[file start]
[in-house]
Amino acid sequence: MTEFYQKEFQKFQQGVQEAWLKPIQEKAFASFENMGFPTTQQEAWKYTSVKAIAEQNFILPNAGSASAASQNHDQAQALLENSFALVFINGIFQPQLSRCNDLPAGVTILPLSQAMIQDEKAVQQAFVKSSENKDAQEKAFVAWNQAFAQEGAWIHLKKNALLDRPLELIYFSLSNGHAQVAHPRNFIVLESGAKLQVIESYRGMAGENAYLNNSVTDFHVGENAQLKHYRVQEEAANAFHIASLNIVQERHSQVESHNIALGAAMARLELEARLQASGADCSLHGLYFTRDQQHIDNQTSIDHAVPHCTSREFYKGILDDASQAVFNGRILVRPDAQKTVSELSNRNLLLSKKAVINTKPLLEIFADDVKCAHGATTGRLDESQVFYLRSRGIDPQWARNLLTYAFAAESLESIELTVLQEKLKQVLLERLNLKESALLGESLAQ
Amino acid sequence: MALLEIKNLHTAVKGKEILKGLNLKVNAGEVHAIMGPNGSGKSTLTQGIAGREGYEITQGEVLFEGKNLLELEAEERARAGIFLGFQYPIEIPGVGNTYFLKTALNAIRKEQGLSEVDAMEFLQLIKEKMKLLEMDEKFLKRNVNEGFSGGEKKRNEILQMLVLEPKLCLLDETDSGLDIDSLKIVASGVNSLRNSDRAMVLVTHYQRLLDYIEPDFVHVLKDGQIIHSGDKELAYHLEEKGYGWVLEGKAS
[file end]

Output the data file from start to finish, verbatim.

[in-house]
Amino acid sequence: MTEFYQKEFQKFQQGVQEAWLKPIQEKAFASFENMGFPTTQQEAWKYTSVKAIAEQNFILPNAGSASAASQNHDQAQALLENSFALVFINGIFQPQLSRCNDLPAGVTILPLSQAMIQDEKAVQQAFVKSSENKDAQEKAFVAWNQAFAQEGAWIHLKKNALLDRPLELIYFSLSNGHAQVAHPRNFIVLESGAKLQVIESYRGMAGENAYLNNSVTDFHVGENAQLKHYRVQEEAANAFHIASLNIVQERHSQVESHNIALGAAMARLELEARLQASGADCSLHGLYFTRDQQHIDNQTSIDHAVPHCTSREFYKGILDDASQAVFNGRILVRPDAQKTVSELSNRNLLLSKKAVINTKPLLEIFADDVKCAHGATTGRLDESQVFYLRSRGIDPQWARNLLTYAFAAESLESIELTVLQEKLKQVLLERLNLKESALLGESLAQ
Amino acid sequence: MALLEIKNLHTAVKGKEILKGLNLKVNAGEVHAIMGPNGSGKSTLTQGIAGREGYEITQGEVLFEGKNLLELEAEERARAGIFLGFQYPIEIPGVGNTYFLKTALNAIRKEQGLSEVDAMEFLQLIKEKMKLLEMDEKFLKRNVNEGFSGGEKKRNEILQMLVLEPKLCLLDETDSGLDIDSLKIVASGVNSLRNSDRAMVLVTHYQRLLDYIEPDFVHVLKDGQIIHSGDKELAYHLEEKGYGWVLEGKAS